• Removing the chosen items quickly
  • Trusting that there will always be "enough"
....together, those are the techniques I give credit to.


One foot in front of the other

I found another box of shoes in one of the sheds.

Because I wasn't "missing" any shoes (except maybe the cold-season ones) the cull was easy.

My wonderful TOMS have taken over the majority of my warm weather shoe needs. Ergo any shoes that were even remotely loafer style got the axe.... no matter what the quality or country of manufacture -- that was 4 pairs! A pretty (but hard to wear) dressy heel, mules, ballet flats, and mary jane wedges taken out too AND a pair of winter boots and water shoes that my youngest has outgrown. Exciting progress on the shoe front!

full box of purged shoes

ALL the shoes fit in one of 2 places now - hall closet and mud-room. At the other house I had them in the master closet, coat closet, utility closet and laundryroom.... and a few in the garage too.



Peter Walsh has a terrific mantra to make more effective decisions about what to keep. He says "SET LIMITS: you only have the space you have"

When it comes to book collections, no truer words were ever spoken. But what if you have the space to get MORE organizing tools (a bigger bookshelf for example)? Well then other choices must be made. Use my example, I could make it a goal to pay a carpenter to make the perfect built in bookshelf like my other house. Or for a quick fix, I could easily embrace the idea of taking the ferry and a road trip to the mainland to buy a close-to-perfect bookcase - in fact that was what I was planning to do before the lightning bolt struck.

The lighting bolt I am speaking of was found in the garage. I have been hanging onto some commercial-strength glass shelves for about a decade. I love the weight of them, the clarity, the perfect bevelled edge... but they never found a home at the other place. I moved them here thinking they might come in handy for the garage. And last week I saw them there leaning against the wall and felt sad that I wasn't using them. "SHAZAAM!"

The solution to my bookcase dilemma was right in front of me. And it was the easiest, fastest (and least expensive) option!  I would be able to us my beloved glass by getting rid of enough books to live with a simpler stacked bookcase!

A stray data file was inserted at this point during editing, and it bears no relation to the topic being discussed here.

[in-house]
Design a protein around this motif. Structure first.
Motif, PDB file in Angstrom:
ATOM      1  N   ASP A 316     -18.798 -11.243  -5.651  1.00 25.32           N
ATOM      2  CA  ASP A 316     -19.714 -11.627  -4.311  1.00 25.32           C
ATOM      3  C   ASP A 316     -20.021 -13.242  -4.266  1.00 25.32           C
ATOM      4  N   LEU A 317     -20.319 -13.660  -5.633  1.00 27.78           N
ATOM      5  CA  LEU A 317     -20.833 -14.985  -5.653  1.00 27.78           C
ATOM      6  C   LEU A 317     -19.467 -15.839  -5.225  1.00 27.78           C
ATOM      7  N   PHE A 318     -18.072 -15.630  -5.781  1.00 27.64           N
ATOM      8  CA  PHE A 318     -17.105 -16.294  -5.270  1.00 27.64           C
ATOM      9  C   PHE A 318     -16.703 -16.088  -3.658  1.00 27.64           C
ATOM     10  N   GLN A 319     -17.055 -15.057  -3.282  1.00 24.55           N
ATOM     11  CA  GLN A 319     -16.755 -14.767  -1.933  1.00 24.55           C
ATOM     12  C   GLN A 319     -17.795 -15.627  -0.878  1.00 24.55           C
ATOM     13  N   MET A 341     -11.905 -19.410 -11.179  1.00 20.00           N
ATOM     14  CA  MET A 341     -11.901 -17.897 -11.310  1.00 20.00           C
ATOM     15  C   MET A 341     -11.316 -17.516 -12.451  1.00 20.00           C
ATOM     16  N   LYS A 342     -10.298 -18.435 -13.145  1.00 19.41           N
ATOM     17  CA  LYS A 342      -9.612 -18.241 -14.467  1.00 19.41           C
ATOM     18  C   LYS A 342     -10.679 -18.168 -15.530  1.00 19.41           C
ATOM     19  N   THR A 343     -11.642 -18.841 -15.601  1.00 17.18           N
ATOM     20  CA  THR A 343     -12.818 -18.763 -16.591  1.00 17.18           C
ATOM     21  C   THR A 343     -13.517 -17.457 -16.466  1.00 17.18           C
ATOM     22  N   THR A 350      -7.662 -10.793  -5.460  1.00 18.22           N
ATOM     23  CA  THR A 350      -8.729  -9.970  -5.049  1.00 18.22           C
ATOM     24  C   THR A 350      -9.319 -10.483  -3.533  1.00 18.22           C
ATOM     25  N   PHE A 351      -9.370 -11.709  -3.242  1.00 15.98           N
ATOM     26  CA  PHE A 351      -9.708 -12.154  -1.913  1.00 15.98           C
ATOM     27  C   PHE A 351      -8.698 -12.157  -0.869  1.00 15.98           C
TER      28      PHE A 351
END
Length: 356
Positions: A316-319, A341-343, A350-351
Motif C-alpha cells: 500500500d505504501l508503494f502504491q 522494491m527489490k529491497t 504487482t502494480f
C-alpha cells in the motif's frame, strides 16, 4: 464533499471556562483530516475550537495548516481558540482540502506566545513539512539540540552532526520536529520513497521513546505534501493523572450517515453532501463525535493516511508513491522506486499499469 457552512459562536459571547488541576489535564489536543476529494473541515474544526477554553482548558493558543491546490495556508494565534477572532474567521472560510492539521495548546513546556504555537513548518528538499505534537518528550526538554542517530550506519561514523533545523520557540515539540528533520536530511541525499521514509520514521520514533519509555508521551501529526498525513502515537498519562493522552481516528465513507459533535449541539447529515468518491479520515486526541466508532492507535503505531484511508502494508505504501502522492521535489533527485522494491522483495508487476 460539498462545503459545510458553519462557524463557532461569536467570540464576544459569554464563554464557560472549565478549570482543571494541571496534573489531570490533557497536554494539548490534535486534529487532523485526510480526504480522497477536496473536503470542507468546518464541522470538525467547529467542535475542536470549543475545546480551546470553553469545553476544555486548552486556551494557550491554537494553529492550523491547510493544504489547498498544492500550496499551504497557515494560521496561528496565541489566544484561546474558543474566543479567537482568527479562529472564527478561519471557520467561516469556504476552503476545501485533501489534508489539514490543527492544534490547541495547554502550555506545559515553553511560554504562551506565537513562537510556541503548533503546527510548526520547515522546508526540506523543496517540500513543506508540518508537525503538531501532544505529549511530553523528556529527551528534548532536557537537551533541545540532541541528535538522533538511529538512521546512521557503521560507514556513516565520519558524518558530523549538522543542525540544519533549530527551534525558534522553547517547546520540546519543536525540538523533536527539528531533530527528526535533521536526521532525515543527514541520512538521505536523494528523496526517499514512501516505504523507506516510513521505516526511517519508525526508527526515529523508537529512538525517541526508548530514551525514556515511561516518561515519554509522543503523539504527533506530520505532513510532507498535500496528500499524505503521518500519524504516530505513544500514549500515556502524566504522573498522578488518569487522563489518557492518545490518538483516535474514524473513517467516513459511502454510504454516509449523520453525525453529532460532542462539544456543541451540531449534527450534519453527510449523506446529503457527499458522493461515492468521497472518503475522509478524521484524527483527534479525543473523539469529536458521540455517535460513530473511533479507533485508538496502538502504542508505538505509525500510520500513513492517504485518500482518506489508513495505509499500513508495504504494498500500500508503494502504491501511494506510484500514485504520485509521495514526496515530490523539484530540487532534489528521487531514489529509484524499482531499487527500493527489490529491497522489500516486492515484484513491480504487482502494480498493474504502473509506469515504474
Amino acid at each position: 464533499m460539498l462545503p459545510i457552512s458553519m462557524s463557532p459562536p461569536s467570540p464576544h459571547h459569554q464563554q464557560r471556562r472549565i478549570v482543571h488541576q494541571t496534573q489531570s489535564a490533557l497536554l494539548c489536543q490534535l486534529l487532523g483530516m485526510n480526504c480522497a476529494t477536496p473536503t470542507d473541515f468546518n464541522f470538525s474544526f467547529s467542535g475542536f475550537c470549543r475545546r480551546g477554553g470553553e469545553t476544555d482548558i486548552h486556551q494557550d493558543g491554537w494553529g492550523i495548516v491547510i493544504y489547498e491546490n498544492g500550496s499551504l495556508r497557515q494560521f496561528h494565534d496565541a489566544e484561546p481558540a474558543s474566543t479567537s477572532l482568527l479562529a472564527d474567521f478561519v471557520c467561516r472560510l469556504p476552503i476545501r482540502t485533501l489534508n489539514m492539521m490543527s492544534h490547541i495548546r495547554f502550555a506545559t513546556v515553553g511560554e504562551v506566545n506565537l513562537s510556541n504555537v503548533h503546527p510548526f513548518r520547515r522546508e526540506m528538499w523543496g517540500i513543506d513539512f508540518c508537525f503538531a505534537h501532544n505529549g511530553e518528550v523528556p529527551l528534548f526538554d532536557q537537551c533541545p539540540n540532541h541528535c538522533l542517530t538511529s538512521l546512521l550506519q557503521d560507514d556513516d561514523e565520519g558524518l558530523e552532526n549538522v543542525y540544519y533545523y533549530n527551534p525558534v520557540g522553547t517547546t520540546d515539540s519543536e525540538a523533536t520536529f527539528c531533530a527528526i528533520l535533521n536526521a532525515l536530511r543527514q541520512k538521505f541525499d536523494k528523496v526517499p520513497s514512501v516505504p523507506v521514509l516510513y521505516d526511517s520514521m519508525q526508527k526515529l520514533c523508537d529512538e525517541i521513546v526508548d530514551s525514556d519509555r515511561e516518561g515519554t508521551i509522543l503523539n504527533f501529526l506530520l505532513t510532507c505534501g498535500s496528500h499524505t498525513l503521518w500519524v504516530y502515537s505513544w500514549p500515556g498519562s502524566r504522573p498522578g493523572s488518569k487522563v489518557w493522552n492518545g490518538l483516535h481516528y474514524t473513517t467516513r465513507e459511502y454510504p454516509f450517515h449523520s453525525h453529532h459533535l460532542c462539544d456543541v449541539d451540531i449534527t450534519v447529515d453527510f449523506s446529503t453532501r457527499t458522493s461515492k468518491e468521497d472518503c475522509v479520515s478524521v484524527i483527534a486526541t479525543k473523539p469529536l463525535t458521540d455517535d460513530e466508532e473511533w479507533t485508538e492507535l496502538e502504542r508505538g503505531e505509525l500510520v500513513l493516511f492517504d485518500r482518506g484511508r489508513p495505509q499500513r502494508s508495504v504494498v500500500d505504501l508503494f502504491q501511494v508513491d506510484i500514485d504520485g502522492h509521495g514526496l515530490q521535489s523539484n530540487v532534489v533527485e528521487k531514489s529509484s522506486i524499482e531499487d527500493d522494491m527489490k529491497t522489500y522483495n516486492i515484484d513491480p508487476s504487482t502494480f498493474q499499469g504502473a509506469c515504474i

A brief mission to find the right supports began. Flowerpots were too expensive. Bricks too messy. But some water hyacinth storage baskets with metal frames proved sturdy, clean, grippy for the glass, affordable and reasonably priced. Viola!

under construction
Not nearly the capacity of my old shelving wall. But now at least I know what space I have with which to set the realistic limits Peter Walsh is talking about. A dozen or so boxes of books to fit into 16 linear feet of shelving.

Just yesterday I took 3 boxes of books to the Elementary school. It was hard to get rid of some of the old favourites... (I did keep a short stack of the younger-age books) But so many of the classics are easily found at the library (I had to finally admit it, my boys aren't big readers).

And for my own selections, I decided the very best place for my favourite pocket novels and the "yet to be read" collection should be narrowed down to JUST ONE slim, rolling, under-the-bed container (another space that has definable limits). It felt good to accomplish that. They are still easy to access and in a logical place (since I like to read in bed).

More boxes to charity, more purging and prioritizing and sorting... here we are!

I'm pleased with the low height. And tickled pink seeing the glass shelves being utilized too!
Total cost... $53.76 for the baskets. It was so reasonable that I treated myself with the picture rail shelf above... obviously I'm taking that "set limit" to it's maximum capacity. Maybe time to consider the quantity of family photos I like to display?

What do you think?